05 July 2012

Do feet change with minimal shoe transition?

How have my feet changed with minimal shoes?

I really had not thought about the answer to this question until I saw someone write about their shrinking foot in the VFFs, having to go down a size.

I have not noticed a size change with my foot, nor have I noticed an arch change.  I suspect this is because I regularly go barefoot in the summer, and I was a dancer as a kid.  Dancing has left a very long lasting impression on my body, and I suspect part of my foot health can be contributed to this early experience (no, I was not in the original ballet toe shoes for very long).

However, I have noticed three major changes following 3/4 of a year in minimal shoes with regular (3 to 6x per week workouts): 1) more resistant to cold, 2) less spider veins, and 3) more sensitive to pressure.

My feet were always cold.  Even if going barefoot in summer, I'd be wearing a pair of socks.

However, in the last six months, this has been much less of a problem.  I only recently noticed, because I wasn't wearing out socks nearly as quickly, that I could stand on my tile floor for much longer without my feet turning into ice cubes.  This is a nice change.

If I try to slip into bed with icy feet and cold everything else, it will take me hours to fall asleep.  My core temperature must fall to a fairly low point.

Now, everything else may be cold, but my feet are not icy ... it does not take me nearly so long to fall asleep.  I could probably change this with a couple glasses of hot water or tea!

My feet, my brother's feet, and my dad's feet - along the inner (medial vs. lateral) side - are covered in spider veins.  Definitely a family trait.  Those red and blue veins do not hurt, but they are rather unattractive.  Whenever my brother and I would joke about being adopted, we'd just look at dad's feet and go, "Nope, we're in the right family."

So imagine my surprise when I took a look at my feet after several months of minimal shoes and exercise, and lo and behold, I have many fewer spider veins than I used to have.  Granted they have not all disappeared, and I'm sure quite a bit of it is the exercise too, but wow, what a change.  I wish I had taken before pictures ...

I have a large-ish shoe wardrobe, and while I don't have any ridiculous heels (nothing much over 2.5 inches in height), I do have some shoes that make pressure spots on my feet.  Before I went to minimal shoes, the pressure spots were fairly easy to handle, even if I was teaching all day long.

Fast forward several months, and those easy to handle pressure spots are not so easy to handle anymore.  In other words, my feet have become more sensitized.  I have several pairs of shoes that may end up in the donation bin due to this problem.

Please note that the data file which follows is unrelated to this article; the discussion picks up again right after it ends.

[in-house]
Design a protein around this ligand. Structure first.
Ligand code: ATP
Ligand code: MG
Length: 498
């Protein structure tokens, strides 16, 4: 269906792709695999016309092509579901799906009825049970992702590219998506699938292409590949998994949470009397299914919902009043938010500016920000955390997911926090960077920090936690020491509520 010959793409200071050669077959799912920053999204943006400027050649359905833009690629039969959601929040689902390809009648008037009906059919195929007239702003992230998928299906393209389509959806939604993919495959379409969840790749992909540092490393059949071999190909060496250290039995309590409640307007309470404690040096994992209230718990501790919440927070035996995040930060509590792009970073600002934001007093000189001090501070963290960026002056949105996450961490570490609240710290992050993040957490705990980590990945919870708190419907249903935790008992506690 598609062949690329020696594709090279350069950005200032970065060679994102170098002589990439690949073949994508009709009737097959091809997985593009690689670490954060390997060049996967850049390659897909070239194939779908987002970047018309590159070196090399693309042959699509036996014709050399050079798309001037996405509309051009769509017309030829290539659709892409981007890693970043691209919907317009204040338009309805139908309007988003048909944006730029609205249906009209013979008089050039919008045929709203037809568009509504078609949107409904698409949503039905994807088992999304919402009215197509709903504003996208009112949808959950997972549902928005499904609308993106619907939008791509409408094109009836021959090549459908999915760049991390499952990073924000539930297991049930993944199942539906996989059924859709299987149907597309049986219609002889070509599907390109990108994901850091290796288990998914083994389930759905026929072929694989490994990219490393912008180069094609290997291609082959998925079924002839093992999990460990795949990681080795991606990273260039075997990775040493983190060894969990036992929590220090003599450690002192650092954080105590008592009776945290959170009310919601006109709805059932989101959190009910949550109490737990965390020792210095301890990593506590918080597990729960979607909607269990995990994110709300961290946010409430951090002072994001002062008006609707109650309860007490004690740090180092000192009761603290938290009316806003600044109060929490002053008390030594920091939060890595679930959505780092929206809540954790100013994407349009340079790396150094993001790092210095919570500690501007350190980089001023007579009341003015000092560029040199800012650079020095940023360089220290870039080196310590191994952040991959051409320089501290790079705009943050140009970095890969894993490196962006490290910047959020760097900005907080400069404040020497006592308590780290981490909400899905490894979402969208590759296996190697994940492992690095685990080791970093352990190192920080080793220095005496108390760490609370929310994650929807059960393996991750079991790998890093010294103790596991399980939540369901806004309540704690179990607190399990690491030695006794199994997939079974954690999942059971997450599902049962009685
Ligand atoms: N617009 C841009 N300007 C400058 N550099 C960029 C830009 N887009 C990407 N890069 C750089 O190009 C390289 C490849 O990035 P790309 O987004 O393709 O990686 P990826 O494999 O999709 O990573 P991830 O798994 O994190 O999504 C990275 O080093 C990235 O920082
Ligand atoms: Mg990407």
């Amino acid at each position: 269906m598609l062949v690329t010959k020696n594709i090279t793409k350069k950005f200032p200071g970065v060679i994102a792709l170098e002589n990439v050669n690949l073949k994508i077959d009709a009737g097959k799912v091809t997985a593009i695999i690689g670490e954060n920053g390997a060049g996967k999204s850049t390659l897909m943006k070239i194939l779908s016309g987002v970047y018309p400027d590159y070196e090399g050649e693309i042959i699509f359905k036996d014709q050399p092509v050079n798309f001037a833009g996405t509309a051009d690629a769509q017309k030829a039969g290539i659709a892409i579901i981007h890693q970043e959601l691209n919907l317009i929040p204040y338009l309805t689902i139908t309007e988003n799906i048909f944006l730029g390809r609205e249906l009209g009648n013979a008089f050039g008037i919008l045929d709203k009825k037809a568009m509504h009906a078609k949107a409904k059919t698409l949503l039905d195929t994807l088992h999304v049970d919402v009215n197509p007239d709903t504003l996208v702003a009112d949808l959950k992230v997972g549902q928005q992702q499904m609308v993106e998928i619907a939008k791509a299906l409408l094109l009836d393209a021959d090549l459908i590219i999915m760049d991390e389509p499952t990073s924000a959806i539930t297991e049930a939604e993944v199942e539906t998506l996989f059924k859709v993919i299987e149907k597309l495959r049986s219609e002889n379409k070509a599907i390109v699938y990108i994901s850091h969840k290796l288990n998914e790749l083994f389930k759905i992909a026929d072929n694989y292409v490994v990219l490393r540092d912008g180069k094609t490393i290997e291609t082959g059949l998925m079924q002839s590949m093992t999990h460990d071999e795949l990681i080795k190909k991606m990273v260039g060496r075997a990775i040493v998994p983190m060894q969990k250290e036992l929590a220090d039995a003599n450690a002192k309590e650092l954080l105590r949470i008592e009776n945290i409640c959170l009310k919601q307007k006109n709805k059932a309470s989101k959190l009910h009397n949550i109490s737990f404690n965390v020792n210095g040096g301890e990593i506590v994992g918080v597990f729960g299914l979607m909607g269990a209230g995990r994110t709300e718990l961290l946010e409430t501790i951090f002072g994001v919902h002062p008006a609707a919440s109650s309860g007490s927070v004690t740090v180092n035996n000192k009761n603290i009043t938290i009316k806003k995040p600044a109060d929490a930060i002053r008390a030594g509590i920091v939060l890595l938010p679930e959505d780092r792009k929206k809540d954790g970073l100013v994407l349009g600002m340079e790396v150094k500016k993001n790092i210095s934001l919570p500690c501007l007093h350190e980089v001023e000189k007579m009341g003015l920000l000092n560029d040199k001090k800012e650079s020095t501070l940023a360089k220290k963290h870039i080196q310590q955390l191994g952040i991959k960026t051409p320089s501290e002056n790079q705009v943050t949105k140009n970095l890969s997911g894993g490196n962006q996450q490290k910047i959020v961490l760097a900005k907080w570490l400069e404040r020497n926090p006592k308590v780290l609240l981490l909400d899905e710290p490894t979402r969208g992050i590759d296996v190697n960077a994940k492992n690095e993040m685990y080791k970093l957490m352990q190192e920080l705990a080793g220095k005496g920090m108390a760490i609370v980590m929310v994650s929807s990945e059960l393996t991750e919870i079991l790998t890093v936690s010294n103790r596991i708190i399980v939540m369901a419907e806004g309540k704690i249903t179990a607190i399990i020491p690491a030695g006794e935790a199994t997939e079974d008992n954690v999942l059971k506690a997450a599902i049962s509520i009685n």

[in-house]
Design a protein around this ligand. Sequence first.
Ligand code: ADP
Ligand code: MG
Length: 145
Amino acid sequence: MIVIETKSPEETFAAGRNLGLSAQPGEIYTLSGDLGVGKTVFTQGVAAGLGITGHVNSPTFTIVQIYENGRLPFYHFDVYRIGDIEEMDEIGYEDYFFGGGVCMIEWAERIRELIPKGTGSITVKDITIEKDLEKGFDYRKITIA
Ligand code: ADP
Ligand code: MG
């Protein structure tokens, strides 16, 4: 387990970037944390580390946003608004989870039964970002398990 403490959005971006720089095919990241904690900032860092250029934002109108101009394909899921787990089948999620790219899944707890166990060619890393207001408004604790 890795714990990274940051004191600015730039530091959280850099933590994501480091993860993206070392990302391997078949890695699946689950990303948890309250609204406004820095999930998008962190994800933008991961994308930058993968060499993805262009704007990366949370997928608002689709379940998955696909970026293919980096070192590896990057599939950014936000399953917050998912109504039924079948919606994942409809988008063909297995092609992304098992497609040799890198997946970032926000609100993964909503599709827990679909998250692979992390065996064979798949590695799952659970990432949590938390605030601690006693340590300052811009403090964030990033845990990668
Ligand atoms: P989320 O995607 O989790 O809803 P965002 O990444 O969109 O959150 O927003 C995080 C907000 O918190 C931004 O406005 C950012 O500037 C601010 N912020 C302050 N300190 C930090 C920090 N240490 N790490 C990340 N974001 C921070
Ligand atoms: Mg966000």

I have also lost a lot of the calluses on my feet as a result of wearing more minimal sole shoes.  The ones I have not lost are steadily shrinking.

I keep waiting for the fat pads on the bottom of my feet to thicken, but so far, I am waiting in vain ... perhaps that change will come next year (hey, I could gain a cm in height ...).

Other Minimal Shoes

My minimal trip through shoeville continued with further purchases for more "everyday" wear, and a continuing search for cross training shoes (which I've just about given up).

I bought a pair of Soft Star Shoes for winter wear.  My biggest issue with VFFs is that my ankles were getting cold.  I wanted shoes I could wear socks with.

So I ordered my Soft Star Original RunAmoc in smooth leather, size 8.5 as per a conversation with Soft Star (they were really helpful).  My only complaint about them is the width.  They are hugely wide, especially in the heel.  I've caught my shoe on stuff walking/jogging/jumping around my house, that I have never caught shoes on before (like the dogs' water bowl as I hopped around it).  And it is all due to the excessive width.  Since these are unisex, I suppose the width makes sense.  However, I have a B width forefoot, and probably a slightly narrow heel, so these are sloppy, sloppy, sloppy. 

Those "Original RunAmocs" are heading to the donation pile, because I got much better SoftStar shoes.  The above are a lovely size 9 narrow sheepskin lined Ramblers.


Oh, ah!  They fit so much better.  I no longer feel as though I am wearing too big hand me downs.

As per SoftStars measuring table, I am the small side of their normal width.  Being that I just so happened to catch their spring sale, and they had two narrow size 9s up, I bought them both.  A subsequent purchase or two on another sale netted me two more 9 narrows, and I wouldn't buy another normal width SoftStar ever again.

I am quite happy with close fitting, though not tight shoes.

I am now the happy owner of two pair of RunAmocs: black and chocolate - both narrow size 9s.